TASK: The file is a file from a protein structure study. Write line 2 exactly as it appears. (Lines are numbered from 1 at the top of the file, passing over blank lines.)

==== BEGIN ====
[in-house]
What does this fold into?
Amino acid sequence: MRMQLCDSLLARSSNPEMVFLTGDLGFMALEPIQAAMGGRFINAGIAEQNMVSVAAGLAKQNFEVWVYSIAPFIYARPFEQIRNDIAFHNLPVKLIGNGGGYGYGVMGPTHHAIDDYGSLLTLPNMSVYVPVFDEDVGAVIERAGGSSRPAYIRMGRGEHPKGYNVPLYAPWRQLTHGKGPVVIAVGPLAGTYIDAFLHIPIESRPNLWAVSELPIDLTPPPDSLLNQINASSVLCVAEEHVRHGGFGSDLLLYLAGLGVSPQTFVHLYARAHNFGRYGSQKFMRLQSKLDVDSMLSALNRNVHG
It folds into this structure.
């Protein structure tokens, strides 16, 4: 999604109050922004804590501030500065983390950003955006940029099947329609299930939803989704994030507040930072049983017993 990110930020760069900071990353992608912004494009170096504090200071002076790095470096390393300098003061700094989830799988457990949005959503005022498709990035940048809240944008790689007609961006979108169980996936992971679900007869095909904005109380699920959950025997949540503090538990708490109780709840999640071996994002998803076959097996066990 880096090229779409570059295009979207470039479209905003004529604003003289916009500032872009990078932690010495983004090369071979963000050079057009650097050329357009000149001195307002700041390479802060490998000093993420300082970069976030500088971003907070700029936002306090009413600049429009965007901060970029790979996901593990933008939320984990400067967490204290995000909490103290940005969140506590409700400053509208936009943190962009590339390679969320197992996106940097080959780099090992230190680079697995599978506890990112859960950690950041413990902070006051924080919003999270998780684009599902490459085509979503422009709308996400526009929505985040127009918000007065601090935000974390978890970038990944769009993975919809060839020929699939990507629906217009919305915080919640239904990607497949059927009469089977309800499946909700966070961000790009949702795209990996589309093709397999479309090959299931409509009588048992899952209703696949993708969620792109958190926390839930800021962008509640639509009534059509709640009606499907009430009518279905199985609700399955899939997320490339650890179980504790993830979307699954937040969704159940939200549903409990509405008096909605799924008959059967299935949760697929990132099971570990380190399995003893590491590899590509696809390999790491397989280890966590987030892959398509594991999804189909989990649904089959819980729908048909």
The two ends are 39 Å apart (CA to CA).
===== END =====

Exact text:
What does this fold into?